An interior on Crystal Esprit with lighting by Chelsom
This article was first published in the Spring/Summer 2016 issue of International Cruise & Ferry Review. All information was correct at the time of printing, but may since have changed
For those tasked with bringing to life the interior design aspects of newbuilds and revitalisation projects, it’s always interesting (if challenging) to get a brief that breaks the mould.
And right now, there’s plenty of this sort of action about, according to John Hadley, head of marine sales at Chelsom, which has been kept busy of late working on lighting products for Royal Caribbean International’s Harmony of the Seas, Regent Seven Seas Cruises’ Seven Seas Explorer, Crystal Esprit and Seabourn Encore. “In general it’s an exciting time to be active in the industry because we are seeing designers and architects push boundaries so much more than we have before and as a result are being asked to undertake incredibly adventurous lighting designs to enhance the new ship interiors,” he says.
Work on the Harmony of the Seas Theatre was demanding due to the challenges of the lighting detail and the short five-week timescale, says Hadley. “The fittings were large-scale statement pieces, in a theatrical Moulin Rouge style. We consulted world leading experts from Pinewood Studios Creative team to ensure the lights truly reflected the designers’ vision and theatrical flair. The creative team worked closely with us at the same time as making set designs for the James Bond Spectre film so we really were partnered with some of the world’s best.”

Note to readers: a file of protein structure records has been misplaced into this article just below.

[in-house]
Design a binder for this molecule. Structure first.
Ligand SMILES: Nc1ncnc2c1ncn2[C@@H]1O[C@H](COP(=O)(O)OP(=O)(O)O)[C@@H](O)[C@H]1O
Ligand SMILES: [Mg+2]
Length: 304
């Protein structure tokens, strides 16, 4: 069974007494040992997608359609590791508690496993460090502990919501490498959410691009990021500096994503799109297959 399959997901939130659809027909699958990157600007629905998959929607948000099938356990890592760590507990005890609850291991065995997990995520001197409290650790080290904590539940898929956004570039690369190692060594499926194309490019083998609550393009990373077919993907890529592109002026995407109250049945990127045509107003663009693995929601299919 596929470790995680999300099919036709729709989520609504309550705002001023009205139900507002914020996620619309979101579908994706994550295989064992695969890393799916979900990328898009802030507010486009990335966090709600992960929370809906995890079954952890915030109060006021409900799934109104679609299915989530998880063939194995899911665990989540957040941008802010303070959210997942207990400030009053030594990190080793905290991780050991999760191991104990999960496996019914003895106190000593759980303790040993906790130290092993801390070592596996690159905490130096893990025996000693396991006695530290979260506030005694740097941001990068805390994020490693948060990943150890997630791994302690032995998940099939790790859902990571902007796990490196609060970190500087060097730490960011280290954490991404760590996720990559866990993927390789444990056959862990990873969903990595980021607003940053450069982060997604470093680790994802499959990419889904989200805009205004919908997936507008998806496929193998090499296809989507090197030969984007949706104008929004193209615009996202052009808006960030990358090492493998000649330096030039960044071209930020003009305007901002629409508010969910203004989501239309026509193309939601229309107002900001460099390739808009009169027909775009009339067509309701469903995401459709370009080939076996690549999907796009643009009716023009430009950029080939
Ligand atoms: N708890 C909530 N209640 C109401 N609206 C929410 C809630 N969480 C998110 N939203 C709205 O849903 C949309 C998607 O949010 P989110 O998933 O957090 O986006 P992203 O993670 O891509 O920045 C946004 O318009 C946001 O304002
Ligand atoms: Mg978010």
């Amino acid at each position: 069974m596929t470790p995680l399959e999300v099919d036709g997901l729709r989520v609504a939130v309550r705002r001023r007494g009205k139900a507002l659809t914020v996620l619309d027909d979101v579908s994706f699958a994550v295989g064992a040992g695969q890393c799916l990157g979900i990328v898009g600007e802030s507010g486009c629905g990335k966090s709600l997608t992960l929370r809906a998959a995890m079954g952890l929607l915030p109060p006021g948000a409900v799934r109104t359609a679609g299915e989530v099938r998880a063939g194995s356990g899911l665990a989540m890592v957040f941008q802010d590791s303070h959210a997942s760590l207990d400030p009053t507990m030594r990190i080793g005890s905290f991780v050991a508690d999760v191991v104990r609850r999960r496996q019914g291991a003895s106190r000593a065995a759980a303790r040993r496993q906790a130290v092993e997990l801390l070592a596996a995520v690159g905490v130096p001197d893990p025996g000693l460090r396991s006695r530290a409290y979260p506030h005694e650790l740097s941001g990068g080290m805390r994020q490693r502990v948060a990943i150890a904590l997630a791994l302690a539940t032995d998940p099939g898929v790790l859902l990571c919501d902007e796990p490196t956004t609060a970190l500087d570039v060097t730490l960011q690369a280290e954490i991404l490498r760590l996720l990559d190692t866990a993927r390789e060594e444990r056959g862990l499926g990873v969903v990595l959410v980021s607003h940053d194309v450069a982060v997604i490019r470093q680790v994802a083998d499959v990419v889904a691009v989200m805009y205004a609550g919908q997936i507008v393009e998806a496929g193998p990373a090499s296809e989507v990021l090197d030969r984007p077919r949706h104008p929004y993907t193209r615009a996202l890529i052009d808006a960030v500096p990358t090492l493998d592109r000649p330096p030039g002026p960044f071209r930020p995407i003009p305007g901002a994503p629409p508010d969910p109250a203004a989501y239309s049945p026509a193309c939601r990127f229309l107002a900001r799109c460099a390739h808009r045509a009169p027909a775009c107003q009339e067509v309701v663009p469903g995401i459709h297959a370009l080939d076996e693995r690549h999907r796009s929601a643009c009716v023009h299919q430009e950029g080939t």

Ship interior consulting firm Danish Decoration recently worked on Royal Caribbean International’s Liberty of the Seas and Azamara Journey. Upcoming refits include Celebrity Summit, Azamara Quest and Majesty of the Seas.
“The spa area on Azamara Journey and Azamara Quest has been exciting progress for us, as the budget did not allow the scope specified and designed by Royal Caribbean Cruises Ltd., so we ended up doing a design-build project in this area,” says project manager Tina Kjeldgaard.
There are two trends she expects to see more of 2016. The first is the demand to convert less popular onboard areas into luxury cabins complete with VIP areas. The second and “the most significant for us is the more and more tight timeframes we have to fulfil on these projects.”
Tillberg Design will celebrate 20 years in business in the US this year but the thrill of designing never fades, says owner Tomas Tillberg. “Any space on a ship is a great challenge from a design viewpoint. The functionality of the space drives the design from the very beginning, but at the same time the aesthetics and beauty of materials and how they are combined create the ultimate visual impact for the guest. To meet and exceed guest expectations is our goal.
“We are currently working on two newbuildings for Lindblad Expeditions. Having been involved more and more the last couple of years in expedition cruise ships, we see that this segment of our industry is developing very fast and it’s exciting to be on the forefront of it. The specific design highlights for these types of ships are different to what we have been more used to on bigger vessels, so for us it’s exciting and the beginning of new trends.” Tillberg also has major refurbishment projects in the pipeline for Royal Caribbean International, as well as other newbuilding and refurbishment projects for existing and new clients.